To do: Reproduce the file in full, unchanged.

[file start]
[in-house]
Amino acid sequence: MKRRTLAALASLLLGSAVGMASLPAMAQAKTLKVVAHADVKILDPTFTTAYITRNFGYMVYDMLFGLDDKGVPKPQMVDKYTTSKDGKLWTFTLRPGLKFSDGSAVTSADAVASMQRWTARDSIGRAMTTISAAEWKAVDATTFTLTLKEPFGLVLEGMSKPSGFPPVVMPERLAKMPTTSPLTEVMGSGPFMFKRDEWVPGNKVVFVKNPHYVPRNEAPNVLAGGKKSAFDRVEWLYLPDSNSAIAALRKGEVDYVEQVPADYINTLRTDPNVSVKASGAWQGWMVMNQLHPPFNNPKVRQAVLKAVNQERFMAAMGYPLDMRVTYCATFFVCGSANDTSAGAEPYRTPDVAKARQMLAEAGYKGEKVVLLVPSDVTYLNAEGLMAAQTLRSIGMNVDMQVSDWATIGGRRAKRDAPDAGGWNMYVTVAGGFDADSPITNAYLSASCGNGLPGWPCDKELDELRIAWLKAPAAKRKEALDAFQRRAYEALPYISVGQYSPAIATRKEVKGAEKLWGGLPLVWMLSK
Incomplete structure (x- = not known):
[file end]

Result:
[in-house]
Amino acid sequence: MKRRTLAALASLLLGSAVGMASLPAMAQAKTLKVVAHADVKILDPTFTTAYITRNFGYMVYDMLFGLDDKGVPKPQMVDKYTTSKDGKLWTFTLRPGLKFSDGSAVTSADAVASMQRWTARDSIGRAMTTISAAEWKAVDATTFTLTLKEPFGLVLEGMSKPSGFPPVVMPERLAKMPTTSPLTEVMGSGPFMFKRDEWVPGNKVVFVKNPHYVPRNEAPNVLAGGKKSAFDRVEWLYLPDSNSAIAALRKGEVDYVEQVPADYINTLRTDPNVSVKASGAWQGWMVMNQLHPPFNNPKVRQAVLKAVNQERFMAAMGYPLDMRVTYCATFFVCGSANDTSAGAEPYRTPDVAKARQMLAEAGYKGEKVVLLVPSDVTYLNAEGLMAAQTLRSIGMNVDMQVSDWATIGGRRAKRDAPDAGGWNMYVTVAGGFDADSPITNAYLSASCGNGLPGWPCDKELDELRIAWLKAPAAKRKEALDAFQRRAYEALPYISVGQYSPAIATRKEVKGAEKLWGGLPLVWMLSK
Incomplete structure (x- = not known):